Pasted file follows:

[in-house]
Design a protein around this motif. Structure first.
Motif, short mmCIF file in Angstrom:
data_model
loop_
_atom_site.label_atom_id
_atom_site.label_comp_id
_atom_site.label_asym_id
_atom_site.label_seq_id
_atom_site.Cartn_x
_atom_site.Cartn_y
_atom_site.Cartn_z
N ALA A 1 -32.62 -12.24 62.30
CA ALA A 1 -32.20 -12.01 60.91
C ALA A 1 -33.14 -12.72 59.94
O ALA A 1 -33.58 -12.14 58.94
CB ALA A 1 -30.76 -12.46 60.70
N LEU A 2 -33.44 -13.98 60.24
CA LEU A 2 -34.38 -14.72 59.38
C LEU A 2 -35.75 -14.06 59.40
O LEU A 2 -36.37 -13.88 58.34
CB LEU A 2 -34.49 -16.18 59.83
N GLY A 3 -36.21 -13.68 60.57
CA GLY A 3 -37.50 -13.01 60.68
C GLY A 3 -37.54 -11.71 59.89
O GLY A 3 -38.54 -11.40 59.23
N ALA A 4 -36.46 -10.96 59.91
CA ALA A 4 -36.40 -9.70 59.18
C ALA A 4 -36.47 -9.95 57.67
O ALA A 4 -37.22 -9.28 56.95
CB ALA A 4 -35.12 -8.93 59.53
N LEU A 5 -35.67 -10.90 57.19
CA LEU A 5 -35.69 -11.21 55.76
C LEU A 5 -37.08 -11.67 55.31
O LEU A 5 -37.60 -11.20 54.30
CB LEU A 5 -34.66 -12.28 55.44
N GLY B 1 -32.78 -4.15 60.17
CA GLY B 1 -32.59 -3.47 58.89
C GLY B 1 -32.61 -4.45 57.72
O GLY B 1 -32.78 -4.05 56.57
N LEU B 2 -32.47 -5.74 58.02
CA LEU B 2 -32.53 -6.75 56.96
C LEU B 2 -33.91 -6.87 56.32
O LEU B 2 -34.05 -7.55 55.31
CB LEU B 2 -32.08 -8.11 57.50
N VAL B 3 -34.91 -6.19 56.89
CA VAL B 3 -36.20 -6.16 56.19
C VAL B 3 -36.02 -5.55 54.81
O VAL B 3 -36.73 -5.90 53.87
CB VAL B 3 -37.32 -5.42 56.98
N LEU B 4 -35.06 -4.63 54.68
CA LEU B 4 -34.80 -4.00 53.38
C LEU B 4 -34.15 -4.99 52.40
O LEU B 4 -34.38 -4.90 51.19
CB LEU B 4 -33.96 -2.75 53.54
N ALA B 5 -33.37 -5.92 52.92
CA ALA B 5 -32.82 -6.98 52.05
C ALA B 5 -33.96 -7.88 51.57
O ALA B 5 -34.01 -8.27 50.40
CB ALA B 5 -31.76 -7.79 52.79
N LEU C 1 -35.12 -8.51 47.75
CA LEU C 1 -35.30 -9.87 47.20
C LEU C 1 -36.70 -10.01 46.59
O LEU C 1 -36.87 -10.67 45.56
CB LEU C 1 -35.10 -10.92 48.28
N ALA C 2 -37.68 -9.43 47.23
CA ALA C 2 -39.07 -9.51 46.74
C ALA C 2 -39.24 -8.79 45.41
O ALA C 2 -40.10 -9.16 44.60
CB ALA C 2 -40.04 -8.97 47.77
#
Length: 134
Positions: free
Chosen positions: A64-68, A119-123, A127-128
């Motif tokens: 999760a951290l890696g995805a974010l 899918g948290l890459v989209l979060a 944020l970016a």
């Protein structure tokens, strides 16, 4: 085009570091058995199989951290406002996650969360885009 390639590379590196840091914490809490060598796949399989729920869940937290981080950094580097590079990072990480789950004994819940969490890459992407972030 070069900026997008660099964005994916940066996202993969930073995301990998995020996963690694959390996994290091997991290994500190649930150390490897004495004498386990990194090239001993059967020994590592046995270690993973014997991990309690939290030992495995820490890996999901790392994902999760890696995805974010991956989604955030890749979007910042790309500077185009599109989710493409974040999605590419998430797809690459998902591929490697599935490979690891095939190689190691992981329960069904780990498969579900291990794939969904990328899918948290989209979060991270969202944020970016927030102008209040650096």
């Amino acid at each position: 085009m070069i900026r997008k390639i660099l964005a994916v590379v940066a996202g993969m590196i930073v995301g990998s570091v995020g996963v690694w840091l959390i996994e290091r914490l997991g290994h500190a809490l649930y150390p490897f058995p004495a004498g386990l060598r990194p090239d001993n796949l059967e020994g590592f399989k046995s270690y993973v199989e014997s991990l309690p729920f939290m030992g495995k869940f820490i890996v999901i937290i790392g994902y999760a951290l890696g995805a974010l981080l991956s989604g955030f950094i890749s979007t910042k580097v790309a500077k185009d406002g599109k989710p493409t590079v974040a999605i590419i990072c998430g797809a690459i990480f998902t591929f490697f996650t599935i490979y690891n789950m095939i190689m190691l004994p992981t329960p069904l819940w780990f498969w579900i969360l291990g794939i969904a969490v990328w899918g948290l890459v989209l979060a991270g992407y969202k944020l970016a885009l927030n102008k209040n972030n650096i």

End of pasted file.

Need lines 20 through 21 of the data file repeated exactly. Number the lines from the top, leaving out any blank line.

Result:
C LEU A 2 -35.75 -14.06 59.40
O LEU A 2 -36.37 -13.88 58.34